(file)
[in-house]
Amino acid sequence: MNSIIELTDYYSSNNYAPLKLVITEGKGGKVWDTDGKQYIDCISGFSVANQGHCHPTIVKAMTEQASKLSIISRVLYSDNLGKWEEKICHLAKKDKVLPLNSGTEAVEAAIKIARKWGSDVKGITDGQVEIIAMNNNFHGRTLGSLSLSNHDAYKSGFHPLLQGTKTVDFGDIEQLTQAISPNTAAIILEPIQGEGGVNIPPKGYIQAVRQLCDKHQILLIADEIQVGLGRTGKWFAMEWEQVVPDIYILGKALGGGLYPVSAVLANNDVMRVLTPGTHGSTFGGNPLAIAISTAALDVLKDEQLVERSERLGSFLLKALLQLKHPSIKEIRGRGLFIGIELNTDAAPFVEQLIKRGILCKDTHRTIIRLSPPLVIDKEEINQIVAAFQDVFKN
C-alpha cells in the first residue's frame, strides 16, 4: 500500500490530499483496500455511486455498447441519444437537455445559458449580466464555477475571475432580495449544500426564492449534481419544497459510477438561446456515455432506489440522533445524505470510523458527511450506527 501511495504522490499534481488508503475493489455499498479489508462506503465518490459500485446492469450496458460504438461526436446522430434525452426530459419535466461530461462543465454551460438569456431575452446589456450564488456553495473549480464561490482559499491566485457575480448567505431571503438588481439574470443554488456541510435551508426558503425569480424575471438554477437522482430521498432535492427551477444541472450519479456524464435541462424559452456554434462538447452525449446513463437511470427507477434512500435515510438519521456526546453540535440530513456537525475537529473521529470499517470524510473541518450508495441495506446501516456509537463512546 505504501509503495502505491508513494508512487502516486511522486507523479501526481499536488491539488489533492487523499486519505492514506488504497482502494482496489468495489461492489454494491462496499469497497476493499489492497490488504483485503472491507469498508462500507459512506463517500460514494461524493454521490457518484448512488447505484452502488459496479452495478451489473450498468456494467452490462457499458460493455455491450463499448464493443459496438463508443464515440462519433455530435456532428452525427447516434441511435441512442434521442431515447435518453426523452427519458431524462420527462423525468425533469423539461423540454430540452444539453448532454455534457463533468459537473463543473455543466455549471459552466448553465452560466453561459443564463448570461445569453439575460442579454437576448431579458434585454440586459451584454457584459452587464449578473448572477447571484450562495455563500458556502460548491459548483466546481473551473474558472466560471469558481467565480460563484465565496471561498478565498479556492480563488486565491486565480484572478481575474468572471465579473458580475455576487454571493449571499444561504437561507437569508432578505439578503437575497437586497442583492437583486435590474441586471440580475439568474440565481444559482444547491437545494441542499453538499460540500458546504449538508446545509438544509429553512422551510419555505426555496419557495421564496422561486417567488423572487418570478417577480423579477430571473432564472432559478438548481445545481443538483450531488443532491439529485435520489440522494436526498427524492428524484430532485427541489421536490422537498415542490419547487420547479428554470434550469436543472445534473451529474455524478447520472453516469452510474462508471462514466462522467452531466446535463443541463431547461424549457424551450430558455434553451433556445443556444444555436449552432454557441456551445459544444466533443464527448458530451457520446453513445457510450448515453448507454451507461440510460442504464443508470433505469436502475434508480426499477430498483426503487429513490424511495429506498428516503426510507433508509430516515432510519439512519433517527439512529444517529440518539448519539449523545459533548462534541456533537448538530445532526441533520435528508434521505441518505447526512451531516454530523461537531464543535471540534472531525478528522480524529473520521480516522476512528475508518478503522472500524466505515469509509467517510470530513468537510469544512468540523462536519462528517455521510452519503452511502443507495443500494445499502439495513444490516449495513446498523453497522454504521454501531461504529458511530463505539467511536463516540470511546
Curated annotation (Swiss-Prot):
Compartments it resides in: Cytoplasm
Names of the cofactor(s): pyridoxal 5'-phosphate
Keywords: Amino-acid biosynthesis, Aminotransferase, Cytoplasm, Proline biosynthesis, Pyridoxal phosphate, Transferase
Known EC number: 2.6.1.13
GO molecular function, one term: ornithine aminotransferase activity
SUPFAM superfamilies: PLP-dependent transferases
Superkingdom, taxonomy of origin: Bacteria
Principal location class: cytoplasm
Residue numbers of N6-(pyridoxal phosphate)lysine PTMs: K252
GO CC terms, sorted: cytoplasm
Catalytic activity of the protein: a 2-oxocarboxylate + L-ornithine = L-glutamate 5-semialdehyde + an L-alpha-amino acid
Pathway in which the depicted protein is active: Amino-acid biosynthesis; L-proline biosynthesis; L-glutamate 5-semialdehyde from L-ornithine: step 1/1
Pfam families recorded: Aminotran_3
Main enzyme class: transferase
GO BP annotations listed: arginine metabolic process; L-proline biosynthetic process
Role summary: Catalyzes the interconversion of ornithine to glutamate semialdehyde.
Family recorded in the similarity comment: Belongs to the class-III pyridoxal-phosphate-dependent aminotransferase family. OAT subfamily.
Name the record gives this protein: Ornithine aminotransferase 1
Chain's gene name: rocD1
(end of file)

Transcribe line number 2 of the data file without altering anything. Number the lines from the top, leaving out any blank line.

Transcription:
Amino acid sequence: MNSIIELTDYYSSNNYAPLKLVITEGKGGKVWDTDGKQYIDCISGFSVANQGHCHPTIVKAMTEQASKLSIISRVLYSDNLGKWEEKICHLAKKDKVLPLNSGTEAVEAAIKIARKWGSDVKGITDGQVEIIAMNNNFHGRTLGSLSLSNHDAYKSGFHPLLQGTKTVDFGDIEQLTQAISPNTAAIILEPIQGEGGVNIPPKGYIQAVRQLCDKHQILLIADEIQVGLGRTGKWFAMEWEQVVPDIYILGKALGGGLYPVSAVLANNDVMRVLTPGTHGSTFGGNPLAIAISTAALDVLKDEQLVERSERLGSFLLKALLQLKHPSIKEIRGRGLFIGIELNTDAAPFVEQLIKRGILCKDTHRTIIRLSPPLVIDKEEINQIVAAFQDVFKN